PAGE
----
TIME magazine has a piece up about Russell Pearce's new brainchild, trying to outlaw children born in America.
"Anchor babies" isn't a very endearing term, but in Arizona those are the words being used to tag children born in the U.S. to illegal immigrants. While not new, the term is increasingly part of the local vernacular because the primary authors of the nation's toughest and most controversial immigration law are targeting these tots - the legal weights that anchor many undocumented aliens in the U.S. - for their next move.
Buoyed by recent public opinion polls suggesting they're on the right track with illegal immigration, Arizona Republicans will likely introduce legislation this fall that would deny birth certificates to children born in Arizona - and thus American citizens according to the U.S. Constitution - to parents who are not legal U.S. citizens. The law largely is the brainchild of state Sen. Russell Pearce, a Republican whose suburban district, Mesa, is considered the conservative bastion of the Phoenix political scene. He is a leading architect of the Arizona law that sparked outrage throughout the country: Senate Bill 1070, which allows law enforcement officers to ask about someone's immigration status during a traffic stop, detainment or arrest if reasonable suspicion exists - things like poor English skills, acting nervous or avoiding eye contact during a traffic stop. (See the battle for Arizona: will a border crackdown work?) But the likely new bill is for the kids. While SB 1070 essentially requires of-age migrants to have the proper citizenship paperwork, the potential "anchor baby" bill blocks the next generation from ever being able to obtain it. The idea is to make the citizenship process so difficult that illegal immigrants pull up the "anchor" and leave.
Back on May 25th, David N. posted on this when Pearce went on Bill O'Reilly and admitted this is what he had in store as his next volley as he continues his attacks on the non-whites of America.
O'Reilly, of course, is not much help: He counters Pearce by observing that this is "federal law" -- though that is hardly the half of it, since this particular principle, of birthright citizenship, is embedded in the Constitution and is indeed a proud part of America's heritage as a nation of immigrants.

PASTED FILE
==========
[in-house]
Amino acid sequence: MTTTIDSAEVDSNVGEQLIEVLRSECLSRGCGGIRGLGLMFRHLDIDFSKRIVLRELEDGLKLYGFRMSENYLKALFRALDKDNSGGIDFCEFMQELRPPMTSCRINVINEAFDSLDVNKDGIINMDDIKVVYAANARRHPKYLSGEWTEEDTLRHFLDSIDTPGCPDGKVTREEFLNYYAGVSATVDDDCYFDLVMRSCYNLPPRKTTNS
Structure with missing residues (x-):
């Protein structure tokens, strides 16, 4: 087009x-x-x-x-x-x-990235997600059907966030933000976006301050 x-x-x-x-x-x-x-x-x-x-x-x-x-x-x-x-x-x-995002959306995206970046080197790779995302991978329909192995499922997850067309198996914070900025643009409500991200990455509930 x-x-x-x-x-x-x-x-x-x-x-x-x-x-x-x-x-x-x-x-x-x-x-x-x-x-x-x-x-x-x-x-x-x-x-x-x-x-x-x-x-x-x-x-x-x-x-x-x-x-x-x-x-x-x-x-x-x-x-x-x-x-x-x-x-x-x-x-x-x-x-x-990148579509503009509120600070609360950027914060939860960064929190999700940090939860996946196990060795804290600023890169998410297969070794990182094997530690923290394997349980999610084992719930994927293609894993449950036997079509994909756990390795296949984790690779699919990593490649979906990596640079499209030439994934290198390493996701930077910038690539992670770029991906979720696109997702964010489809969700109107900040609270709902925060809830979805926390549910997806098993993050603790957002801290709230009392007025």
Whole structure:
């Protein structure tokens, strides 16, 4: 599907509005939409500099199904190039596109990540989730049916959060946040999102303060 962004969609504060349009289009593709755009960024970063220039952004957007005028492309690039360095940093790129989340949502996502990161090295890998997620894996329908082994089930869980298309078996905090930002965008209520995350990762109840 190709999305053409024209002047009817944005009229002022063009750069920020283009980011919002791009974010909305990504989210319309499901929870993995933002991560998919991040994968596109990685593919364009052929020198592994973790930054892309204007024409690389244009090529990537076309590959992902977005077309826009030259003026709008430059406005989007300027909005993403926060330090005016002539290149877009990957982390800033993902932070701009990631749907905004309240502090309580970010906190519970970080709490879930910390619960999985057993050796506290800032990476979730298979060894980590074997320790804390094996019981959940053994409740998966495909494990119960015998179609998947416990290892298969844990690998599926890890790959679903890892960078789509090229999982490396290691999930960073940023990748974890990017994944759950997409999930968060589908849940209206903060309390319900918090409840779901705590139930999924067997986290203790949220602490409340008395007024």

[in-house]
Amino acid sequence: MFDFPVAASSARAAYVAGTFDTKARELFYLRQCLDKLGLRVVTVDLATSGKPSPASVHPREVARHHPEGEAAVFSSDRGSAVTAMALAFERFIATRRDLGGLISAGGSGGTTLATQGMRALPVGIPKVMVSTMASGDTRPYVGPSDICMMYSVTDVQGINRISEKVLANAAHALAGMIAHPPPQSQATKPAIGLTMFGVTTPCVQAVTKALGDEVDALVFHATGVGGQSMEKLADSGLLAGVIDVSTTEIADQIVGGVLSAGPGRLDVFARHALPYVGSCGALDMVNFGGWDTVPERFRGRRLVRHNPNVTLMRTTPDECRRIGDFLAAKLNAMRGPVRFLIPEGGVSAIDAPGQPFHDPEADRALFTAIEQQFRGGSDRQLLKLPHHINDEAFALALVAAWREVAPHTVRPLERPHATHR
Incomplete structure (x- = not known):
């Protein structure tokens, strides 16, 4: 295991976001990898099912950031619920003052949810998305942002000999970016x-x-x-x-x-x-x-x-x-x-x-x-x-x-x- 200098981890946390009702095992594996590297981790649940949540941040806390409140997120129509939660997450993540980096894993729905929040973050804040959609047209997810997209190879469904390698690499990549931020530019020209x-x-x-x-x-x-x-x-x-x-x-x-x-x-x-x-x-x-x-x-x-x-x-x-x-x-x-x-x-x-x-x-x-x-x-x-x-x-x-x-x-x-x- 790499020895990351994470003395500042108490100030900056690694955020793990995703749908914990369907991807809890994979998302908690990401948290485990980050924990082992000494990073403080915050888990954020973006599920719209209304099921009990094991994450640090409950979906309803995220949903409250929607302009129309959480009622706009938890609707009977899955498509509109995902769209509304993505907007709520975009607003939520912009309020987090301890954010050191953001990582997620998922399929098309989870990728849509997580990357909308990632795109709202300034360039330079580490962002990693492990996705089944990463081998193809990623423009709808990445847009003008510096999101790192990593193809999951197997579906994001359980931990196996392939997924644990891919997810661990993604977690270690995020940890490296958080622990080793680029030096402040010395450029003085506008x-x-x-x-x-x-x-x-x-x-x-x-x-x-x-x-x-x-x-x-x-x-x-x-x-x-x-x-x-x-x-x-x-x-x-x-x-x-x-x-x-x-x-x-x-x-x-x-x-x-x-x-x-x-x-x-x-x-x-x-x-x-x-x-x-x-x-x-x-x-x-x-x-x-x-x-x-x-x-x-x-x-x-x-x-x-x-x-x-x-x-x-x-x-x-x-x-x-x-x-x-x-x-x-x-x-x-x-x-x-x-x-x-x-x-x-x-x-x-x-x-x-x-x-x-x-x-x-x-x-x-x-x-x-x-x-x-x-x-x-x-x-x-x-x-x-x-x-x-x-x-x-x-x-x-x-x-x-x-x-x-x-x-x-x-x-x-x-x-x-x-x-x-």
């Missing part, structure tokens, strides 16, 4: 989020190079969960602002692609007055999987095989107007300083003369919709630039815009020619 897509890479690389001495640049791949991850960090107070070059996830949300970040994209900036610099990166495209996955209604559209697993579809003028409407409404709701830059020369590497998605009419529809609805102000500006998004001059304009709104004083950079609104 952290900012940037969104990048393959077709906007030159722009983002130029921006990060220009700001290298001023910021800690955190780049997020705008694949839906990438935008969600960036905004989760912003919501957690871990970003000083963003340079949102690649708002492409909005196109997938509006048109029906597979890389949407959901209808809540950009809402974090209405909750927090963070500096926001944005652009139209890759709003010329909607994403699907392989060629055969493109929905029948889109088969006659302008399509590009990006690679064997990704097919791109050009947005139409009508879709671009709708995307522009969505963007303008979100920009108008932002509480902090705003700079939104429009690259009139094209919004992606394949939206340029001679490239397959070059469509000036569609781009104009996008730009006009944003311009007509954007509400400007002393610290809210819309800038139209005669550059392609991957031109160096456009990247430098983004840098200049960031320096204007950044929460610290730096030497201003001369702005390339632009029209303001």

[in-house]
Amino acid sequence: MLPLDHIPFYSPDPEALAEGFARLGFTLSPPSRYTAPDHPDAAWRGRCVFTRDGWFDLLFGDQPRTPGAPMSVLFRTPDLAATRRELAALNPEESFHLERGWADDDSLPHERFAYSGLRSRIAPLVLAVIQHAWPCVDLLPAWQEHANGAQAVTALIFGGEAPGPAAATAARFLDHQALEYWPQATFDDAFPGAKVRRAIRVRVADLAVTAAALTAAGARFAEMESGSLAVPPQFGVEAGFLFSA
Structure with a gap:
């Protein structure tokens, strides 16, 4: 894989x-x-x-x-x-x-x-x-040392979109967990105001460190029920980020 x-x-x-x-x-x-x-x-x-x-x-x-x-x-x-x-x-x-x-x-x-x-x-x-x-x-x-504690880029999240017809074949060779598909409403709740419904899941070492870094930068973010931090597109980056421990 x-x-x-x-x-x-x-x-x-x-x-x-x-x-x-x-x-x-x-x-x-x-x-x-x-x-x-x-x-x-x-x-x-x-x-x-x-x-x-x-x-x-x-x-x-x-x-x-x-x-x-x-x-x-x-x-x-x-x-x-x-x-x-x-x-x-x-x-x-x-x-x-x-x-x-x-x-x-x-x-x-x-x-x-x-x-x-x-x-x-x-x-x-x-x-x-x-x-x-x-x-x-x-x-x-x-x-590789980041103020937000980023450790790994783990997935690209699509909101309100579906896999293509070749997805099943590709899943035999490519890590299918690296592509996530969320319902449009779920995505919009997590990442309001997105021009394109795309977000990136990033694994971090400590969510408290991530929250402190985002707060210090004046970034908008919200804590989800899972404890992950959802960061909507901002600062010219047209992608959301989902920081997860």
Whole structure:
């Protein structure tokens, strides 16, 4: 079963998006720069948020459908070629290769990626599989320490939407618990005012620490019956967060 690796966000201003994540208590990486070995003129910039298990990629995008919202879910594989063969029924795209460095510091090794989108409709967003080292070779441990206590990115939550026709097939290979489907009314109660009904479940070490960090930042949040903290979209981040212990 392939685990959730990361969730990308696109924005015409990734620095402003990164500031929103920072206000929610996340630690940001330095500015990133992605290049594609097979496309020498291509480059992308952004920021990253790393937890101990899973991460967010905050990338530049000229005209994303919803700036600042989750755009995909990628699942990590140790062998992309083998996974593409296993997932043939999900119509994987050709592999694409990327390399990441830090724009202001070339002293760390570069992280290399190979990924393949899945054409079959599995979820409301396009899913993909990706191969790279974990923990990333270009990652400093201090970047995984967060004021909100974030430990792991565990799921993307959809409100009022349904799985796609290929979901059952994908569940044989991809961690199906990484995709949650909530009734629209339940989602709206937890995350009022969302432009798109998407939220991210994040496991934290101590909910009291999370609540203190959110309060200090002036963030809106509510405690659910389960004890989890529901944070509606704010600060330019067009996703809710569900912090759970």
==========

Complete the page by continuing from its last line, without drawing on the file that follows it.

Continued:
Pearce wants to claim that this only refers to people with "legal domicile" in the U.S. -- even though the words appear nowhere in the Constitution.
He complains that the concept of "illegal immigration" hadn't been conceived when the 14th Amendment was written -- which is true enough, but irrelevant to whether it remains in force. Indeed, a much stronger argument can be made that the nakedly racist/eugenicist/Nativist Immigration Act of 1924 -- which first created "illegal immigration" -- was grossly unconstitutional because it clearly violated the 14th Amendment.
Moreover, it's irrelevant because the law has always been interpreted to mean that, when a newborn is accorded automatic birthright citizenship based on birth on American soil, its status is generally unaffected by the legal status or citizenship of that individual's mother or father. This was true both before and after 1924...read on
I think Pearce knows that this will be struck down in the Supreme Court even with the right wing fringe running the place because it's firmly embedded in our Constitution and Scalia and his clones are supposed to be Originalists, right? You must understand something about movement conservatives. They pick fights not because they know they can win it in the end, losing is just as acceptable when it comes to immigration and the culture wars because *"backlash politics" is all about playing the victim. They get to stir the pot, create some outrage, make tons of cash and get themselves elected over issues that they never can win at. Remember creationism vs evolution? They knew that it would never pass with the scientific community, but as Thomas Frank puts it, they don't care. They can hold their noses high and attack the "elites" over and over again making the case that those snobby, latte sipping Frenchmen think they know better than all of the red blooded-red state Americans because they believe they are smarter than us.
The backlash narrative is more powerful than mere facts, and according to this central mythology conservatives are always hardworking patriots who love their country and are persecuted for it, while liberals, who are either high-born weaklings or eggheads hypnotized by some fancy idea, are always ready to sell their nation out at a moment’s notice.7